Los Angeles, California – For 20 years, Michael Saavedra was imprisoned in solitary confinement.
Over that time, he was transferred from one prison to another, but his surroundings remained largely the same: Saavedra said he was held in concrete cells roughly the size of a parking space for upwards of 22 hours a day.
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There was one major difference between them, though: the climate.
When Saavedra was in Pelican Bay State Prison on the foggy coast of northern California, the cold was so bone-chilling that he took part in a hunger strike to demand jackets and beanies.
But later, at a state prison in Corcoran, located in the Central Valley, the heat became so punishing that he lost consciousness.
“You’re in this little cell, sometimes for 24 hours a day and days at a time, and it would be 115, 120 degrees [Fahrenheit; 46 to 48.8 Celsius],” Saavedra, who was released in 2017, recalled. “You get dizzy, you get dehydrated, your body starts to feel weak. Sometimes you just pass out.”
As the United States contends with extreme weather driven by climate change, Saavedra is among the growing number of advocates warning about conditions inside the country’s jails and prisons, where resources as basic as cool water can be hard to access.
“I remember trying to spend time writing, and there would be so much sweat dropping onto the page that it made it difficult,” said Saavedra. “After a while, as you can imagine, people start to feel depressed.”
Heightened temperatures, heightened death tolls
Experts warn that extreme weather in the prison system can be a matter of life or death.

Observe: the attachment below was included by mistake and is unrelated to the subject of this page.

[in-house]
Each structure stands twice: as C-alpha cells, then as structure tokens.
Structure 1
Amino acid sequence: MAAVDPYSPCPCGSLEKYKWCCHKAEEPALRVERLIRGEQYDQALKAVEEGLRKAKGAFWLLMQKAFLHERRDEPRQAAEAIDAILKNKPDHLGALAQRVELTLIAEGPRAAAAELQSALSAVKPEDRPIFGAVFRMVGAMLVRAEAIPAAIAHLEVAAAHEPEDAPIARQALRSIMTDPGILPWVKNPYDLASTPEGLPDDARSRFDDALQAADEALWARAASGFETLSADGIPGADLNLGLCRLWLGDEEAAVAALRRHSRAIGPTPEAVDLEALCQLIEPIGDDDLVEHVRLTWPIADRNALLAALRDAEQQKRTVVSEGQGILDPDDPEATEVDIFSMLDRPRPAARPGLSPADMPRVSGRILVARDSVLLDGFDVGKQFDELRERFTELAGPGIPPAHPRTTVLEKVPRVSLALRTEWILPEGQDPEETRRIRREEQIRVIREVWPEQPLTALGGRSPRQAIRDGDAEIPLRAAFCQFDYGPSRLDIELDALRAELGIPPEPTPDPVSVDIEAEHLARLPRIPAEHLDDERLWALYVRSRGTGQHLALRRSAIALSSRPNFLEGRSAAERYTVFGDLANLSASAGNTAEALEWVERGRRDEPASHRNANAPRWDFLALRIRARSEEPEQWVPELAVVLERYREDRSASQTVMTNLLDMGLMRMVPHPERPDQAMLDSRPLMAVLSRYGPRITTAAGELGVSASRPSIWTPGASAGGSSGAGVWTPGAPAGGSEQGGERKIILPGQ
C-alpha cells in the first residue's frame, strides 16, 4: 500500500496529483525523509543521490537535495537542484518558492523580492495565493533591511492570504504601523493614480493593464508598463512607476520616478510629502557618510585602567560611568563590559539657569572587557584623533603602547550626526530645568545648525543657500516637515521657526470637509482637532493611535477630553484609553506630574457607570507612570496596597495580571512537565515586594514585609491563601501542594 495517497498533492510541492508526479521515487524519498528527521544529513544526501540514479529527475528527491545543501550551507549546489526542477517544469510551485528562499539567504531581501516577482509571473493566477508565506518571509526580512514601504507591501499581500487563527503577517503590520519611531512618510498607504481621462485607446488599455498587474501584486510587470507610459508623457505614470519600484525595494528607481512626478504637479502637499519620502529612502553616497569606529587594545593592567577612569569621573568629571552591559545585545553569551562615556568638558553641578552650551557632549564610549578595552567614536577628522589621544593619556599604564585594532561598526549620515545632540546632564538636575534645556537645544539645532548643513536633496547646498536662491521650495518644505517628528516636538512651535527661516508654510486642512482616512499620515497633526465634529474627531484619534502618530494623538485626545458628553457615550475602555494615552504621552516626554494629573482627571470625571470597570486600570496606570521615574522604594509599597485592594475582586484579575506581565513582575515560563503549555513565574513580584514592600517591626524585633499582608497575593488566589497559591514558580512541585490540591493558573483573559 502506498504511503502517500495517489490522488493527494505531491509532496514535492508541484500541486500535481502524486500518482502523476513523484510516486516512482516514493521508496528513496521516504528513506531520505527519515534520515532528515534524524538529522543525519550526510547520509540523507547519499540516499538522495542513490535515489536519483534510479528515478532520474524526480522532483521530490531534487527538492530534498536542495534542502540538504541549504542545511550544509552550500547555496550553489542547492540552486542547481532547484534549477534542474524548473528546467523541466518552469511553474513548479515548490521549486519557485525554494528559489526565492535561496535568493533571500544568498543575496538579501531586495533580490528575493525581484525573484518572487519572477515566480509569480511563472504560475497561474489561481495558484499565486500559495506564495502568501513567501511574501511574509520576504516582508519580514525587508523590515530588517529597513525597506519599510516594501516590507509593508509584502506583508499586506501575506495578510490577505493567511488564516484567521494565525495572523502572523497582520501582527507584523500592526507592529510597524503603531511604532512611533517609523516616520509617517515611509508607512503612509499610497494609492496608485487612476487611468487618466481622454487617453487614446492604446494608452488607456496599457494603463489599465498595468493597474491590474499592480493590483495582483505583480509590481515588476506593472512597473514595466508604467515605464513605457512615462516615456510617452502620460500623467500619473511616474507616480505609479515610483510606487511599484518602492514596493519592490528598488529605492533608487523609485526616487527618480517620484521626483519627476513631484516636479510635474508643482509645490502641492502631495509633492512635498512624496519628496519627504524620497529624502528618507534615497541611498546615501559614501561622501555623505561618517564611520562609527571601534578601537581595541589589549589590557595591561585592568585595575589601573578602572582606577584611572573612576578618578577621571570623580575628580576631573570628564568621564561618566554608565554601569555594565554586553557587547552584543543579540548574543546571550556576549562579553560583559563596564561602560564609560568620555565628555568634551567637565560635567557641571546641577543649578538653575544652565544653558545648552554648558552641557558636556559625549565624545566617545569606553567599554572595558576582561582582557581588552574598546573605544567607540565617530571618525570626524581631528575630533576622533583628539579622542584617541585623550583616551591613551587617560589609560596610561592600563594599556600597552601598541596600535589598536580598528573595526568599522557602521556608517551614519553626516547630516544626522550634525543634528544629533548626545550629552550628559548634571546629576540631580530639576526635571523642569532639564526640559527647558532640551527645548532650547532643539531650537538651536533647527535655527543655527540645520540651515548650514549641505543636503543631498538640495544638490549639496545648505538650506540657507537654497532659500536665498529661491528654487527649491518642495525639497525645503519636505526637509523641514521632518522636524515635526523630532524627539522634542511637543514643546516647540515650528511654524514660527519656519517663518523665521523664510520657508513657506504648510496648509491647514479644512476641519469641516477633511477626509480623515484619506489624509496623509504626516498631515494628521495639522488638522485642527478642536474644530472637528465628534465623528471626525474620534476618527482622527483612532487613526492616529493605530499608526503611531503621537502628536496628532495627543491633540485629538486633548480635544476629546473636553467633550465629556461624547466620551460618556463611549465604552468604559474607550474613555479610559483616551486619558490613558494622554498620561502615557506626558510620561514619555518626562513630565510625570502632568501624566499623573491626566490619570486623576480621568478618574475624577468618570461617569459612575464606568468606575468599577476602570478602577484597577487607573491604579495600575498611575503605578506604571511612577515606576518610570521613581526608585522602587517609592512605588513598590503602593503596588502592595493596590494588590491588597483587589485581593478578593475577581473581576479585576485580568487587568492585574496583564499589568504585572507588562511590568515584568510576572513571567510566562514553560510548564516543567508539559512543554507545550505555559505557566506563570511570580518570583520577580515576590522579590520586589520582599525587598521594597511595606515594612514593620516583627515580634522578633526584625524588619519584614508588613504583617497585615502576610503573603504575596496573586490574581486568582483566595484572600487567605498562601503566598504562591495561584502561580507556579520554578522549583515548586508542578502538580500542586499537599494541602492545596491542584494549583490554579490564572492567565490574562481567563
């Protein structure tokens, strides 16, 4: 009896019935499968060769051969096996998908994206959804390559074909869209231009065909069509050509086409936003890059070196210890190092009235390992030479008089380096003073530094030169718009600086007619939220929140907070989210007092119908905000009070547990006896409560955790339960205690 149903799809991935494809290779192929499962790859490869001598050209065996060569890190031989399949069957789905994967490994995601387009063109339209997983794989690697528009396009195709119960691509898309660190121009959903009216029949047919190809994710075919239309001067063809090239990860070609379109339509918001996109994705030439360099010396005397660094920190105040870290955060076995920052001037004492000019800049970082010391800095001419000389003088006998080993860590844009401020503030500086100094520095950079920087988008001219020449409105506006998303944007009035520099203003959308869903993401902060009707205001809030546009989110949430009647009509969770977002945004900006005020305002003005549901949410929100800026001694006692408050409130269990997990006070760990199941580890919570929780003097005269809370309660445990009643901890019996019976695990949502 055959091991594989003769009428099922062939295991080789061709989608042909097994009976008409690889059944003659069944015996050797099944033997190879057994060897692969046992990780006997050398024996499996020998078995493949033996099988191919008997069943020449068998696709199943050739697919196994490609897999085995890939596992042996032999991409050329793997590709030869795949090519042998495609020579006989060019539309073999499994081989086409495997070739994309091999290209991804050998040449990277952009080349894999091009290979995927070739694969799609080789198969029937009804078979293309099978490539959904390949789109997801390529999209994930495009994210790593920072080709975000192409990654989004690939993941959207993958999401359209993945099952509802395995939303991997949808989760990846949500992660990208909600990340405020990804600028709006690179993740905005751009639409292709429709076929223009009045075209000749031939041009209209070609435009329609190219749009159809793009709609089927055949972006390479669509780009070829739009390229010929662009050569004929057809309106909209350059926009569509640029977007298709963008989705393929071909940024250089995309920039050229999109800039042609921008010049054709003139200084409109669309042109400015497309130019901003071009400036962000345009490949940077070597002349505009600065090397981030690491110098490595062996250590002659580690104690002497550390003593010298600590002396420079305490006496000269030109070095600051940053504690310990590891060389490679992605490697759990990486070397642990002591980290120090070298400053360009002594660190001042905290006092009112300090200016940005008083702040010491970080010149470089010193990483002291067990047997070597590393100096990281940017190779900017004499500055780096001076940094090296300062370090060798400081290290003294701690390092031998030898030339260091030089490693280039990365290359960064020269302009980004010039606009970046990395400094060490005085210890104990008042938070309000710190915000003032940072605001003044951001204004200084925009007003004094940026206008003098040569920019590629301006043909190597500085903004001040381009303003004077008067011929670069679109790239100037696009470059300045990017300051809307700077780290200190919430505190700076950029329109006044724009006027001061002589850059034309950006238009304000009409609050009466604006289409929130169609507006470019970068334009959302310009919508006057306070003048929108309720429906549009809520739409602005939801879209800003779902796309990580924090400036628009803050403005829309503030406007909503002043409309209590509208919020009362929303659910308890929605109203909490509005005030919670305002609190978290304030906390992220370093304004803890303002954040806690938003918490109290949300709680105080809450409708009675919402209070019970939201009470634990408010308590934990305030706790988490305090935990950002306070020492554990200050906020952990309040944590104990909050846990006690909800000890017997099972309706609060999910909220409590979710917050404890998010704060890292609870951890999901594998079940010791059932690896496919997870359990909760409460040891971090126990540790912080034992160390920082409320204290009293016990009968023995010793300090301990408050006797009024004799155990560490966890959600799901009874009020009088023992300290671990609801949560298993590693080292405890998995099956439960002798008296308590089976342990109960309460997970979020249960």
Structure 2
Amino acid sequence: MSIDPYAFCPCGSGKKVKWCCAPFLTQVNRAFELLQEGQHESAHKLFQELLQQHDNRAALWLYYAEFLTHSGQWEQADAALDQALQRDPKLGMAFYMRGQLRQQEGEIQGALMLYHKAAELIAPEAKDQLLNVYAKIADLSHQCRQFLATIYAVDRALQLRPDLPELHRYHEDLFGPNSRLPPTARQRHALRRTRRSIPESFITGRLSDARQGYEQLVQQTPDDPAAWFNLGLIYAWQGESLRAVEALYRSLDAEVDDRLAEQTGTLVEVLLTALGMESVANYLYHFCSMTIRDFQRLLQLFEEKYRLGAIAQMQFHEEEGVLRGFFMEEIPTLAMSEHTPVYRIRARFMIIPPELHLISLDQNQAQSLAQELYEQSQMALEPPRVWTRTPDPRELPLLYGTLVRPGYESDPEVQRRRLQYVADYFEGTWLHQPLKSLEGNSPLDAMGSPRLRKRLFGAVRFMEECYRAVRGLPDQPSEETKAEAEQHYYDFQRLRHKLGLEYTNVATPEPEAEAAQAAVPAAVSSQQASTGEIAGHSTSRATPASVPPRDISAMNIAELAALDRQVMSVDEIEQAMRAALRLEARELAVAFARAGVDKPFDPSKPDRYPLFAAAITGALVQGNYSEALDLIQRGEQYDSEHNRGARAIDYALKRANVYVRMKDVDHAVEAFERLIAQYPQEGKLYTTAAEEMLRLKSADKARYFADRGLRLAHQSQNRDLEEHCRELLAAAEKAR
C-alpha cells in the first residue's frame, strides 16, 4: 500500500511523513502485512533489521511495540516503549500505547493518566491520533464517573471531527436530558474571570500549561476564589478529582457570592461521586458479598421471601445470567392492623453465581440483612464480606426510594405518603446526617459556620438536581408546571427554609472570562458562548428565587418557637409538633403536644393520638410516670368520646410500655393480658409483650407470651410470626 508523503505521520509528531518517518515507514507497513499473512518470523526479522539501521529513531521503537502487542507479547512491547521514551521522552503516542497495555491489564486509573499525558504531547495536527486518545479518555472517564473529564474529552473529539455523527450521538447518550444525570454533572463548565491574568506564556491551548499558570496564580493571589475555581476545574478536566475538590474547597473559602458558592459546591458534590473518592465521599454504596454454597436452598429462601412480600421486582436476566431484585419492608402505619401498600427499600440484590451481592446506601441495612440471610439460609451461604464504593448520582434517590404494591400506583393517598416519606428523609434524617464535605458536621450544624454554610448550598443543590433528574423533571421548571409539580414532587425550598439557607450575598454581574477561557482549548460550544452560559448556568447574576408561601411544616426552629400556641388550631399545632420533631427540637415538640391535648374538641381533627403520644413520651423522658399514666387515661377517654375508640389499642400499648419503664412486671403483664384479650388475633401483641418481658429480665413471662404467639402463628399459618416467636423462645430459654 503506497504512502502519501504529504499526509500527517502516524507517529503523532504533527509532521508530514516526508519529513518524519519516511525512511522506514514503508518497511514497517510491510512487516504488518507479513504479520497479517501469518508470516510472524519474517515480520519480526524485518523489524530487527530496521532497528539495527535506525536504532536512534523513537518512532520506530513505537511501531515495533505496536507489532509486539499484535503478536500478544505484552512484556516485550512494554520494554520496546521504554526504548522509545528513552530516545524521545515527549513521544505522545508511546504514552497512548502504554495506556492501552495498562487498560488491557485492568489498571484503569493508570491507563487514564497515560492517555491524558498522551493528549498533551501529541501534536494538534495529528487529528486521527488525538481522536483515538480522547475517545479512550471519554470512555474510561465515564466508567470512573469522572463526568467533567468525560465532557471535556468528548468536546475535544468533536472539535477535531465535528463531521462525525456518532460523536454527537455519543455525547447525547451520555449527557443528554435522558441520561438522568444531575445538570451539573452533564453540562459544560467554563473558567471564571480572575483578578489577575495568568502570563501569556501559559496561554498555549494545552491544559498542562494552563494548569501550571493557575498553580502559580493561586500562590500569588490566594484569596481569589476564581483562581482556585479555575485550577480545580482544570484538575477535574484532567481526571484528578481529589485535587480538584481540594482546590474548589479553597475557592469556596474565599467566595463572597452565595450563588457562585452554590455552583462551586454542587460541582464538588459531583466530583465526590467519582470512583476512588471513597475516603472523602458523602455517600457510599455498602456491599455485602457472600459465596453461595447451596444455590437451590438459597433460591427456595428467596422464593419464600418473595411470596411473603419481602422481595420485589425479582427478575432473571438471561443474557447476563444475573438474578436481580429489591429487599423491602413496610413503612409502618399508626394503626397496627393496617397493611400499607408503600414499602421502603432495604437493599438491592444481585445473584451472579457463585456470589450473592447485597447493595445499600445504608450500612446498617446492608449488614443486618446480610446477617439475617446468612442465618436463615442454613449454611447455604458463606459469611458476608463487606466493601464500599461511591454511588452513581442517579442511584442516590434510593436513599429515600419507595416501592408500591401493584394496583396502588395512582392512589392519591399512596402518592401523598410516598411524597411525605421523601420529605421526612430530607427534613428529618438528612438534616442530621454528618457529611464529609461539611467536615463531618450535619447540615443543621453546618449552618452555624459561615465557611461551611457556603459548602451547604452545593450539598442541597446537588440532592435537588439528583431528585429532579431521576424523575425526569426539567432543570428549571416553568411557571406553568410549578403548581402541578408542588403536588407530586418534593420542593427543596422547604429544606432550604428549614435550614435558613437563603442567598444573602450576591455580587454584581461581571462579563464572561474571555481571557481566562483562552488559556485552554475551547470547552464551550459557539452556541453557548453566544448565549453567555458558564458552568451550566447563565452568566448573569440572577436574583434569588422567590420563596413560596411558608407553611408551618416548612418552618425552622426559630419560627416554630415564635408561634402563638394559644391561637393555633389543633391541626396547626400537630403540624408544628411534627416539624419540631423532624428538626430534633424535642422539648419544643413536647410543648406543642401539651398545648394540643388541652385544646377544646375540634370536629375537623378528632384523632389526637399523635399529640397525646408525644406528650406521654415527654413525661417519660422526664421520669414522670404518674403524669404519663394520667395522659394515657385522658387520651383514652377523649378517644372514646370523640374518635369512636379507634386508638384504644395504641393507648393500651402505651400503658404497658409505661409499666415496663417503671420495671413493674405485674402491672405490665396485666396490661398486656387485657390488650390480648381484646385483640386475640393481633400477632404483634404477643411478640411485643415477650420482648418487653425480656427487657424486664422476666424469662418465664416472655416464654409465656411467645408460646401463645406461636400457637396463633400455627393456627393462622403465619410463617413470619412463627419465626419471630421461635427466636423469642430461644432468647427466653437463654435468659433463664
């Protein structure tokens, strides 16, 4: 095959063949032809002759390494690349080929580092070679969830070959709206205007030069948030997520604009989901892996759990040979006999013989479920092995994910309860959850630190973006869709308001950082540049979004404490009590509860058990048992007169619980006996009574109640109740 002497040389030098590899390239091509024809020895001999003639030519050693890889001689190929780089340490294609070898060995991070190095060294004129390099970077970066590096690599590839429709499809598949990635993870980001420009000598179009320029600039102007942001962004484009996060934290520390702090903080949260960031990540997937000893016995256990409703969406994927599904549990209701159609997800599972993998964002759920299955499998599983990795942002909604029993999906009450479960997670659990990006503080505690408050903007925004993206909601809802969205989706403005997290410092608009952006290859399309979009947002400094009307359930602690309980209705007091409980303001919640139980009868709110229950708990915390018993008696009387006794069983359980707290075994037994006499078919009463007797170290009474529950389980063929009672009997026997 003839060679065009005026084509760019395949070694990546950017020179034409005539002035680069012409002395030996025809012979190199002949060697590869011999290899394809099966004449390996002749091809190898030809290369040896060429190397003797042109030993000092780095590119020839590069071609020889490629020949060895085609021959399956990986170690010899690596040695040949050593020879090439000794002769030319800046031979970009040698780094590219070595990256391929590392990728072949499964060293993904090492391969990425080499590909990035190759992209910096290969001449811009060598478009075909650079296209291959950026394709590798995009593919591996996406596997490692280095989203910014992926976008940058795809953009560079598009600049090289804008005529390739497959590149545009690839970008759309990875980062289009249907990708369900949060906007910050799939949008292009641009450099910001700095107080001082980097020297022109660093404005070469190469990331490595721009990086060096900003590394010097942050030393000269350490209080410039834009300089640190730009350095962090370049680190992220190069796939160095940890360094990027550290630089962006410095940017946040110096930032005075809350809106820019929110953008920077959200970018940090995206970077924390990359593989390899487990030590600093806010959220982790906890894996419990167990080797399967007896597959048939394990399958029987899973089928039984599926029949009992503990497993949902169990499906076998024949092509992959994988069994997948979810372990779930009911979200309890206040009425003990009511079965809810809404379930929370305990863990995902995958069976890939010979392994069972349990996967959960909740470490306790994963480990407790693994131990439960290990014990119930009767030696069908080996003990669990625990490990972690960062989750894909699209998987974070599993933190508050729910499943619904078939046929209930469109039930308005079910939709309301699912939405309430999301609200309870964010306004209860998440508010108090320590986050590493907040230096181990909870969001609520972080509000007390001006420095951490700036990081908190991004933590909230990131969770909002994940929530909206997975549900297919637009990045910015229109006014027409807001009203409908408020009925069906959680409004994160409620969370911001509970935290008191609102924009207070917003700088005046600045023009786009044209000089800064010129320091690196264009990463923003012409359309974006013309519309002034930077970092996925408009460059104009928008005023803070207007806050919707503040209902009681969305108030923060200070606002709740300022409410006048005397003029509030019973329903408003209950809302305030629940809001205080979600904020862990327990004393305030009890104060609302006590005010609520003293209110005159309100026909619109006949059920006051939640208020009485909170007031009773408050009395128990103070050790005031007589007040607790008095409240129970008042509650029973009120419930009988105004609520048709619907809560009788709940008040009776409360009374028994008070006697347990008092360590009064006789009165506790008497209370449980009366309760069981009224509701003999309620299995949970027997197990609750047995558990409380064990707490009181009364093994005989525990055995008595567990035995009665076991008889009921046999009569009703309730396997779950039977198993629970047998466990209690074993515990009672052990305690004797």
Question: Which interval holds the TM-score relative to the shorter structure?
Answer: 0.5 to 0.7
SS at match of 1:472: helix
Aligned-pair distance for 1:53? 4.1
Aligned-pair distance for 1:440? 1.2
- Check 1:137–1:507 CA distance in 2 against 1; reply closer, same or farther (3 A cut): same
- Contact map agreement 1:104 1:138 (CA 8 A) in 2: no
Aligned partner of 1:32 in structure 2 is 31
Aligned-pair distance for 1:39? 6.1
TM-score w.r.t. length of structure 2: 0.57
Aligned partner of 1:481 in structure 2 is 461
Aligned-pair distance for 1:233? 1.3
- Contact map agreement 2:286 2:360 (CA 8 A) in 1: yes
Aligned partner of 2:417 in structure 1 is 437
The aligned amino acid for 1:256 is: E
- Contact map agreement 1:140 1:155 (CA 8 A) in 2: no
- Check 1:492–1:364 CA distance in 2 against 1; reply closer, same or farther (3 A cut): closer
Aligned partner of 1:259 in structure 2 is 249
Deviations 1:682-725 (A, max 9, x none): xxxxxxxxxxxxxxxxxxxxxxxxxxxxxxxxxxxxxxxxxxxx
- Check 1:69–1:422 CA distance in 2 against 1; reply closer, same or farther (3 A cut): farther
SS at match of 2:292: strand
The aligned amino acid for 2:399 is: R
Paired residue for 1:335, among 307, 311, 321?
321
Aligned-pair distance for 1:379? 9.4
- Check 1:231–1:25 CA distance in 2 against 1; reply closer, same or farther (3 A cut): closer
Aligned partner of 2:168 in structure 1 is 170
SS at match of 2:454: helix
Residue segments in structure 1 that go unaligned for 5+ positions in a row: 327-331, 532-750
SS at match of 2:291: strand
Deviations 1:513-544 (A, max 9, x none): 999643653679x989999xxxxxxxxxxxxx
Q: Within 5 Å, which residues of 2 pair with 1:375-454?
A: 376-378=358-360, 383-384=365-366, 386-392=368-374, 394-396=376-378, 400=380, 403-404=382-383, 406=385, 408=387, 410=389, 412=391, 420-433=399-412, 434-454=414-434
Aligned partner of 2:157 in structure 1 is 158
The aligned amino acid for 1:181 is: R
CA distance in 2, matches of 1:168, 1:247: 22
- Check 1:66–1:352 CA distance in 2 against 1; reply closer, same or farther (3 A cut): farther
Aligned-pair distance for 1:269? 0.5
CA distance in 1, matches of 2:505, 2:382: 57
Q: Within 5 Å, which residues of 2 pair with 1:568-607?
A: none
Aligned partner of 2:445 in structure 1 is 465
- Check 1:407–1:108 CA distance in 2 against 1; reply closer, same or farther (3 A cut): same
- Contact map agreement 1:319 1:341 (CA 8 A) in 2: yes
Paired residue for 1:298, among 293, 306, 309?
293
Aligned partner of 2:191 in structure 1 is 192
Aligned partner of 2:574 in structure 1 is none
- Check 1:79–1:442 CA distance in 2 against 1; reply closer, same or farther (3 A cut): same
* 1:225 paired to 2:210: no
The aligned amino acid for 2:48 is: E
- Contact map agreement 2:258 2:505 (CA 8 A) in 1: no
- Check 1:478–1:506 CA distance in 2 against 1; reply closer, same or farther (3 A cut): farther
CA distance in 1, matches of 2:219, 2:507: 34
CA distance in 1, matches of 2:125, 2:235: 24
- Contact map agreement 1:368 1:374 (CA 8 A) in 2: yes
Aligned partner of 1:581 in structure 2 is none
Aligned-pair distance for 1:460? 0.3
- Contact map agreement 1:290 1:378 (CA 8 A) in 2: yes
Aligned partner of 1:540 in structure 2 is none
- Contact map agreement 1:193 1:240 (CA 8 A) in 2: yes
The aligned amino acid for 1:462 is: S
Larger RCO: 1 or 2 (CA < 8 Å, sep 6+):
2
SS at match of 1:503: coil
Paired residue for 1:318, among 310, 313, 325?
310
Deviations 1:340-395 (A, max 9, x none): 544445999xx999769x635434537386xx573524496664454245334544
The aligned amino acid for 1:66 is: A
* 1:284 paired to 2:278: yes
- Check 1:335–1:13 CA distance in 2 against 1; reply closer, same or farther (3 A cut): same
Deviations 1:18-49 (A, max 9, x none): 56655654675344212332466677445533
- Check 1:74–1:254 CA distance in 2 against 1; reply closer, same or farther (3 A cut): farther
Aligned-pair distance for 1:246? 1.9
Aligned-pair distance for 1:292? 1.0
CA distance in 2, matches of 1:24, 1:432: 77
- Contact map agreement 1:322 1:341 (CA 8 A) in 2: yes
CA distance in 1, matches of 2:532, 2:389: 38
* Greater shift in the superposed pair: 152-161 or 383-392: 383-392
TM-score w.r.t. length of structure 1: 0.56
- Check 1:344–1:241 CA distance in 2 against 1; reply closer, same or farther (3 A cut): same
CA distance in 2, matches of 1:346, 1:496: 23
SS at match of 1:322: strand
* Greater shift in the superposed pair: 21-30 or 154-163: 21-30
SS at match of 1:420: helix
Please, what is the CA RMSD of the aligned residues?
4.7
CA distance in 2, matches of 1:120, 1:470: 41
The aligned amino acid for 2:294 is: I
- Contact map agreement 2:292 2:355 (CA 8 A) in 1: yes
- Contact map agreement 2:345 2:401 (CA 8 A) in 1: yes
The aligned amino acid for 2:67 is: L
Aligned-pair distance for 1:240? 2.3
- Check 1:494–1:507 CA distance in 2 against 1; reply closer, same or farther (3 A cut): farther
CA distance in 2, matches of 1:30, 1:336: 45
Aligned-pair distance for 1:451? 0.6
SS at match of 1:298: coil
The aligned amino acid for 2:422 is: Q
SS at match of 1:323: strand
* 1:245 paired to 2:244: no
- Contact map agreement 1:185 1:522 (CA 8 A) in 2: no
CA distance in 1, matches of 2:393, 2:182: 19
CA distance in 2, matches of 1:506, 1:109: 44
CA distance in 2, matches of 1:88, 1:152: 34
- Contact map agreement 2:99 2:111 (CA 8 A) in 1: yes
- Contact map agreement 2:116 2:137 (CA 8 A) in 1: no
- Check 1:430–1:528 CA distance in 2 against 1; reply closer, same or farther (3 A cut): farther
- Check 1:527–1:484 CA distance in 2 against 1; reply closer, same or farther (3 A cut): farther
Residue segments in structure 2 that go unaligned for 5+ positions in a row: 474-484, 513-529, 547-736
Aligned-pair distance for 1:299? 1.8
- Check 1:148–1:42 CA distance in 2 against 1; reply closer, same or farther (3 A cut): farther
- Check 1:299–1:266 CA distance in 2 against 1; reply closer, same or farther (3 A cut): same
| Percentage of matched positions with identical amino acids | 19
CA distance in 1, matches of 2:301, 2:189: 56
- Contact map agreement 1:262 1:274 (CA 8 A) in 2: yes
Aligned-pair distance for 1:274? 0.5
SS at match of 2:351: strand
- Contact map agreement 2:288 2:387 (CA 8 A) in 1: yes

A 2023 study examining mortality at US prisons and jails found that an increase of 10 degrees Fahrenheit over a location’s mean summer temperature heightened an imprisoned person’s risk of dying by five percent.
Heatwaves played a large role in those temperature spikes — and a facility’s location could factor into how deadly those weather events became.
The study noted that, in the southern US, two-day heatwaves coincided with a 1.3-percent bump in prison deaths. But in regions like the west and northeast, where people are not as accustomed to higher temperatures, deaths jumped 8.6 percent and 21 percent respectively.
Researchers also found that extreme heat was also associated with a 23-percent increase in suicide risk.
Epidemiologist Julianne Skarha, who led the study, said that some jails and prisons lacked basic precautions like air conditioning. “There are requirements that animal shelters have [air conditioning], but we don’t have those protections for incarcerated people,” she said.
However, her study lacked the data to determine which facilities had cooling systems or not, leading to the possibility that heat-related mortality in some prisons was significantly higher than in others.
“It shouldn’t be so variable, depending on where you’re incarcerated, whether you’re going to be exposed to extreme temperatures or not,” said Skarha.
A patchwork of policy
But calls to expand air conditioning and other climate-control systems within prisons and jails have been slow to catch on.
A 2019 report from the Prison Policy Initiative, a progressive criminal justice research group, found that at least 13 states in the hottest regions of the US lacked requirements for universal air conditioning in their prisons.
Those states include Texas and Louisiana, where summer temperatures can rise to 38C degrees (100F degrees) or more, increasing risks for potentially fatal conditions like dehydration and heat stroke.
Earlier this year, despite years of outcry and a record budget surplus of $32.7bn, the Texas Senate refused to allocate funds for expanding air conditioning in prison. Its House of Representatives had proposed spending approximately $545m on the project.
The California Department of Corrections and Rehabilitation (CDCR), meanwhile, explains on its website that housing units in its 33 prisons “provide some cooling relief from heat, most often in the form of evaporative coolers and fans”.
In response to an email from Al Jazeera, the department said it did not have data on access to air conditioning within its facilities.
It also said that it knew of no plans to require air conditioning in all 33 prisons, but that measures such as additional showers and access to ice water are implemented when temperatures pass 32C degrees (90F degrees).